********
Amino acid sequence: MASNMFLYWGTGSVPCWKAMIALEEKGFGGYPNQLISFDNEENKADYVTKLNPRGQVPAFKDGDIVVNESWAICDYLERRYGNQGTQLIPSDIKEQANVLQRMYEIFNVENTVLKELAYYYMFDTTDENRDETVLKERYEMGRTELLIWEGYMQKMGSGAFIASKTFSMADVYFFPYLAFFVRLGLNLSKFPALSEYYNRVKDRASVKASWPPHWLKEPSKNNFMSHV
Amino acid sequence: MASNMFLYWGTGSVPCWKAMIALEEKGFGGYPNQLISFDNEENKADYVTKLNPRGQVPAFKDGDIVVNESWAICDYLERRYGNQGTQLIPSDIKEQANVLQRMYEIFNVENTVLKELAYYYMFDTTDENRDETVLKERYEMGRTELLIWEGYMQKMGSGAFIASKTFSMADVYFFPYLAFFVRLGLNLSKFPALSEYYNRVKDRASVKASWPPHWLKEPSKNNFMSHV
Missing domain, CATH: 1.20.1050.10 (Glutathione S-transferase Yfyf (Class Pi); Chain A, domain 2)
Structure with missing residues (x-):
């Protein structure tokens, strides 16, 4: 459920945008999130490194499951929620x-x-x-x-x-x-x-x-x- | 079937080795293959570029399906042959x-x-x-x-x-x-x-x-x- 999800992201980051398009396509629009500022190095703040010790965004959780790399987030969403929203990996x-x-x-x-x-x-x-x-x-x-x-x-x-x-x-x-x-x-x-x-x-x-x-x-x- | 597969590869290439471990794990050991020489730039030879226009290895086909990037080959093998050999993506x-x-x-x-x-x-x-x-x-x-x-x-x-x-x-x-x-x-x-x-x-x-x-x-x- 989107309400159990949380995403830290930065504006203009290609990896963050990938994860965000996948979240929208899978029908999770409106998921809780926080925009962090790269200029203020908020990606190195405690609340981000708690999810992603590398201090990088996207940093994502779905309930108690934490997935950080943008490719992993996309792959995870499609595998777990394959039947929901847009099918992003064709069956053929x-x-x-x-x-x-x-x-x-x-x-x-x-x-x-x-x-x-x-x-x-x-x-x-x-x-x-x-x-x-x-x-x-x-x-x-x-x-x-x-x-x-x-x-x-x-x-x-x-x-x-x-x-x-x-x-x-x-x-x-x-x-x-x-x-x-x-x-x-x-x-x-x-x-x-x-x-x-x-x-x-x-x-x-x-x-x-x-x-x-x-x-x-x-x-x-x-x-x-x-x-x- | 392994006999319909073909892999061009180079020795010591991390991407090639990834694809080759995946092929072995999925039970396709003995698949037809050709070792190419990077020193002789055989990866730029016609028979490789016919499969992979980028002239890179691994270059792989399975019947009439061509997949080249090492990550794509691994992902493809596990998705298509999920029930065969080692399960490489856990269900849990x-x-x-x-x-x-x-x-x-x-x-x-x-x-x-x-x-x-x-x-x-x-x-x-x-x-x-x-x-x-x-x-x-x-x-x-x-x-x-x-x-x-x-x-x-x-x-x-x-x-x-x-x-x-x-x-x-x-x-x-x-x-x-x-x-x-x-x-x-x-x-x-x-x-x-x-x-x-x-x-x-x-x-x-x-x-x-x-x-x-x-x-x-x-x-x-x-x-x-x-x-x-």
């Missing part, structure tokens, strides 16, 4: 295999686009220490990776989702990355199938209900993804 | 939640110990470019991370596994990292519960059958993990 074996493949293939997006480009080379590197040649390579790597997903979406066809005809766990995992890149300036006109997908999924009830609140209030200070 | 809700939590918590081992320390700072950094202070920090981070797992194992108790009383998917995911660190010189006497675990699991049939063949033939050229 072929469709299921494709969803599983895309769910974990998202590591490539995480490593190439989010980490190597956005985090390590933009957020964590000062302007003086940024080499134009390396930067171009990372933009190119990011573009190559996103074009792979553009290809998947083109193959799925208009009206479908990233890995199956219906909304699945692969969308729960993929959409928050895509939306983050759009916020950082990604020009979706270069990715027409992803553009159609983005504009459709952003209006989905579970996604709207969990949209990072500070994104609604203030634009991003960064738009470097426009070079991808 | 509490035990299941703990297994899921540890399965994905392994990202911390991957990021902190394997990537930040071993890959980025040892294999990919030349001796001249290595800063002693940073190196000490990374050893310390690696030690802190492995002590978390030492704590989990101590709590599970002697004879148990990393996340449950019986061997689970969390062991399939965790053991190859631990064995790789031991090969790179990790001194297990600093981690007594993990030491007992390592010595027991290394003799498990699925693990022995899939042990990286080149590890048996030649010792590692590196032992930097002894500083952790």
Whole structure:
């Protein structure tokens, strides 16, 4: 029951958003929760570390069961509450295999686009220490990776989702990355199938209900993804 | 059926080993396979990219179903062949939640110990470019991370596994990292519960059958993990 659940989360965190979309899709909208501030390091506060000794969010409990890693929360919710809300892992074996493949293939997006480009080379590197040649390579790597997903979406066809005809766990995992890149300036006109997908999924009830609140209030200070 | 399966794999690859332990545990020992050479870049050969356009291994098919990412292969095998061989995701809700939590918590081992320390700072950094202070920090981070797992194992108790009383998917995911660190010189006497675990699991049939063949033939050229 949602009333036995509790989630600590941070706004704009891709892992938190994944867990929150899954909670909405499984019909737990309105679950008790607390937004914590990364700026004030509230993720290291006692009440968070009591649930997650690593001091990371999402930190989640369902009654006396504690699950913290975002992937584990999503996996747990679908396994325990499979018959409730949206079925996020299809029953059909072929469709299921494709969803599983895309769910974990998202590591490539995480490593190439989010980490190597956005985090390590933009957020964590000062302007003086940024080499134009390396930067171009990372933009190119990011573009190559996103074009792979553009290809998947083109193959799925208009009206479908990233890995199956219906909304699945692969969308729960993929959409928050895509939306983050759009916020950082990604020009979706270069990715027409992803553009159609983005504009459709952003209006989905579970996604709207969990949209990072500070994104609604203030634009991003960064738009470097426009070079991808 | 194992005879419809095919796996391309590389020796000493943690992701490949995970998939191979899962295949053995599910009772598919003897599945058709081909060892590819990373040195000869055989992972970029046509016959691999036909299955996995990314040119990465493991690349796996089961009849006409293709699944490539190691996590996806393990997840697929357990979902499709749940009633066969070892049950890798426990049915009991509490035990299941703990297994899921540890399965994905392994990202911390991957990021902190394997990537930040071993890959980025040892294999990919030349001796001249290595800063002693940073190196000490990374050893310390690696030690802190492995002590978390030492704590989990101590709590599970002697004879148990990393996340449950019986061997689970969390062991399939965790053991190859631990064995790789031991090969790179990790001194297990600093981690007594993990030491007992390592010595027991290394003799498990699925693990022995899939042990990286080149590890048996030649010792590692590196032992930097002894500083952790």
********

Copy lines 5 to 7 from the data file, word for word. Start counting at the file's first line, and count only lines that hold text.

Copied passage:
């Protein structure tokens, strides 16, 4: 459920945008999130490194499951929620x-x-x-x-x-x-x-x-x- | 079937080795293959570029399906042959x-x-x-x-x-x-x-x-x- 999800992201980051398009396509629009500022190095703040010790965004959780790399987030969403929203990996x-x-x-x-x-x-x-x-x-x-x-x-x-x-x-x-x-x-x-x-x-x-x-x-x- | 597969590869290439471990794990050991020489730039030879226009290895086909990037080959093998050999993506x-x-x-x-x-x-x-x-x-x-x-x-x-x-x-x-x-x-x-x-x-x-x-x-x- 989107309400159990949380995403830290930065504006203009290609990896963050990938994860965000996948979240929208899978029908999770409106998921809780926080925009962090790269200029203020908020990606190195405690609340981000708690999810992603590398201090990088996207940093994502779905309930108690934490997935950080943008490719992993996309792959995870499609595998777990394959039947929901847009099918992003064709069956053929x-x-x-x-x-x-x-x-x-x-x-x-x-x-x-x-x-x-x-x-x-x-x-x-x-x-x-x-x-x-x-x-x-x-x-x-x-x-x-x-x-x-x-x-x-x-x-x-x-x-x-x-x-x-x-x-x-x-x-x-x-x-x-x-x-x-x-x-x-x-x-x-x-x-x-x-x-x-x-x-x-x-x-x-x-x-x-x-x-x-x-x-x-x-x-x-x-x-x-x-x-x- | 392994006999319909073909892999061009180079020795010591991390991407090639990834694809080759995946092929072995999925039970396709003995698949037809050709070792190419990077020193002789055989990866730029016609028979490789016919499969992979980028002239890179691994270059792989399975019947009439061509997949080249090492990550794509691994992902493809596990998705298509999920029930065969080692399960490489856990269900849990x-x-x-x-x-x-x-x-x-x-x-x-x-x-x-x-x-x-x-x-x-x-x-x-x-x-x-x-x-x-x-x-x-x-x-x-x-x-x-x-x-x-x-x-x-x-x-x-x-x-x-x-x-x-x-x-x-x-x-x-x-x-x-x-x-x-x-x-x-x-x-x-x-x-x-x-x-x-x-x-x-x-x-x-x-x-x-x-x-x-x-x-x-x-x-x-x-x-x-x-x-x-």
């Missing part, structure tokens, strides 16, 4: 295999686009220490990776989702990355199938209900993804 | 939640110990470019991370596994990292519960059958993990 074996493949293939997006480009080379590197040649390579790597997903979406066809005809766990995992890149300036006109997908999924009830609140209030200070 | 809700939590918590081992320390700072950094202070920090981070797992194992108790009383998917995911660190010189006497675990699991049939063949033939050229 072929469709299921494709969803599983895309769910974990998202590591490539995480490593190439989010980490190597956005985090390590933009957020964590000062302007003086940024080499134009390396930067171009990372933009190119990011573009190559996103074009792979553009290809998947083109193959799925208009009206479908990233890995199956219906909304699945692969969308729960993929959409928050895509939306983050759009916020950082990604020009979706270069990715027409992803553009159609983005504009459709952003209006989905579970996604709207969990949209990072500070994104609604203030634009991003960064738009470097426009070079991808 | 509490035990299941703990297994899921540890399965994905392994990202911390991957990021902190394997990537930040071993890959980025040892294999990919030349001796001249290595800063002693940073190196000490990374050893310390690696030690802190492995002590978390030492704590989990101590709590599970002697004879148990990393996340449950019986061997689970969390062991399939965790053991190859631990064995790789031991090969790179990790001194297990600093981690007594993990030491007992390592010595027991290394003799498990699925693990022995899939042990990286080149590890048996030649010792590692590196032992930097002894500083952790």
Whole structure: